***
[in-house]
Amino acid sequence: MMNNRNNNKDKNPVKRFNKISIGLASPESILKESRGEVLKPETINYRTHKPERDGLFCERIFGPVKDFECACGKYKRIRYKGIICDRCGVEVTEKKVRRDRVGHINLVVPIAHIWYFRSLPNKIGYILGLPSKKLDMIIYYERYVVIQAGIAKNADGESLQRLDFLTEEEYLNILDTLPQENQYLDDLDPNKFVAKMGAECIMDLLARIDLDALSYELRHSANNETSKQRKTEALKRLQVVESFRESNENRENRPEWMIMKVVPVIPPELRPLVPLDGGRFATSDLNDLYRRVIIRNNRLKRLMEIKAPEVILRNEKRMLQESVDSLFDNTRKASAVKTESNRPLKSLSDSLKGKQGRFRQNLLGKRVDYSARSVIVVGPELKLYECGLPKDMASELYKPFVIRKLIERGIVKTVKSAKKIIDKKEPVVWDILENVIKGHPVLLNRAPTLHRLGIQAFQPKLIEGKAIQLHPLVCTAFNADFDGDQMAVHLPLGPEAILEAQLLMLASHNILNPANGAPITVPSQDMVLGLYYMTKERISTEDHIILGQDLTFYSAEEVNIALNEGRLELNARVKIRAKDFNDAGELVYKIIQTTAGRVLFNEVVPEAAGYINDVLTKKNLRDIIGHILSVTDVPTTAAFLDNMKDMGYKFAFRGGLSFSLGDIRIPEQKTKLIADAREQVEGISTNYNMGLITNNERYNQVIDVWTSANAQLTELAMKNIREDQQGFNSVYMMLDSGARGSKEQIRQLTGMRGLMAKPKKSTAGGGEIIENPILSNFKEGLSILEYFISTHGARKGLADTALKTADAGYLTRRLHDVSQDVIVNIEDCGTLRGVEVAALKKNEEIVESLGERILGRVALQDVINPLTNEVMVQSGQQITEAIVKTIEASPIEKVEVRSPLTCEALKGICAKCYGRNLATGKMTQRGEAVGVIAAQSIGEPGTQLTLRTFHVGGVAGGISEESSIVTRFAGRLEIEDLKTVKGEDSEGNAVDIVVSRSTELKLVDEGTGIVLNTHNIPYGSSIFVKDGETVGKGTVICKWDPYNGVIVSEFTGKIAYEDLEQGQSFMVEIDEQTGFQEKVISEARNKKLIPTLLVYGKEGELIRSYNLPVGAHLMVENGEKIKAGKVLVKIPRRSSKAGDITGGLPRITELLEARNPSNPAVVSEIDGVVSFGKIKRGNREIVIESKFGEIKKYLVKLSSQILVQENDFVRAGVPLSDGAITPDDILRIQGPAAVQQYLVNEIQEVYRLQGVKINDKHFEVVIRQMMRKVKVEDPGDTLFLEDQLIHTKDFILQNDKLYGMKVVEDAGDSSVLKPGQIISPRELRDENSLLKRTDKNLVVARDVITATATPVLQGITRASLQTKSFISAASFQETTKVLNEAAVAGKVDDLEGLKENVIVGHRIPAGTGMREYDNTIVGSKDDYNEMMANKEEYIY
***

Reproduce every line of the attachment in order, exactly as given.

[in-house]
Amino acid sequence: MMNNRNNNKDKNPVKRFNKISIGLASPESILKESRGEVLKPETINYRTHKPERDGLFCERIFGPVKDFECACGKYKRIRYKGIICDRCGVEVTEKKVRRDRVGHINLVVPIAHIWYFRSLPNKIGYILGLPSKKLDMIIYYERYVVIQAGIAKNADGESLQRLDFLTEEEYLNILDTLPQENQYLDDLDPNKFVAKMGAECIMDLLARIDLDALSYELRHSANNETSKQRKTEALKRLQVVESFRESNENRENRPEWMIMKVVPVIPPELRPLVPLDGGRFATSDLNDLYRRVIIRNNRLKRLMEIKAPEVILRNEKRMLQESVDSLFDNTRKASAVKTESNRPLKSLSDSLKGKQGRFRQNLLGKRVDYSARSVIVVGPELKLYECGLPKDMASELYKPFVIRKLIERGIVKTVKSAKKIIDKKEPVVWDILENVIKGHPVLLNRAPTLHRLGIQAFQPKLIEGKAIQLHPLVCTAFNADFDGDQMAVHLPLGPEAILEAQLLMLASHNILNPANGAPITVPSQDMVLGLYYMTKERISTEDHIILGQDLTFYSAEEVNIALNEGRLELNARVKIRAKDFNDAGELVYKIIQTTAGRVLFNEVVPEAAGYINDVLTKKNLRDIIGHILSVTDVPTTAAFLDNMKDMGYKFAFRGGLSFSLGDIRIPEQKTKLIADAREQVEGISTNYNMGLITNNERYNQVIDVWTSANAQLTELAMKNIREDQQGFNSVYMMLDSGARGSKEQIRQLTGMRGLMAKPKKSTAGGGEIIENPILSNFKEGLSILEYFISTHGARKGLADTALKTADAGYLTRRLHDVSQDVIVNIEDCGTLRGVEVAALKKNEEIVESLGERILGRVALQDVINPLTNEVMVQSGQQITEAIVKTIEASPIEKVEVRSPLTCEALKGICAKCYGRNLATGKMTQRGEAVGVIAAQSIGEPGTQLTLRTFHVGGVAGGISEESSIVTRFAGRLEIEDLKTVKGEDSEGNAVDIVVSRSTELKLVDEGTGIVLNTHNIPYGSSIFVKDGETVGKGTVICKWDPYNGVIVSEFTGKIAYEDLEQGQSFMVEIDEQTGFQEKVISEARNKKLIPTLLVYGKEGELIRSYNLPVGAHLMVENGEKIKAGKVLVKIPRRSSKAGDITGGLPRITELLEARNPSNPAVVSEIDGVVSFGKIKRGNREIVIESKFGEIKKYLVKLSSQILVQENDFVRAGVPLSDGAITPDDILRIQGPAAVQQYLVNEIQEVYRLQGVKINDKHFEVVIRQMMRKVKVEDPGDTLFLEDQLIHTKDFILQNDKLYGMKVVEDAGDSSVLKPGQIISPRELRDENSLLKRTDKNLVVARDVITATATPVLQGITRASLQTKSFISAASFQETTKVLNEAAVAGKVDDLEGLKENVIVGHRIPAGTGMREYDNTIVGSKDDYNEMMANKEEYIY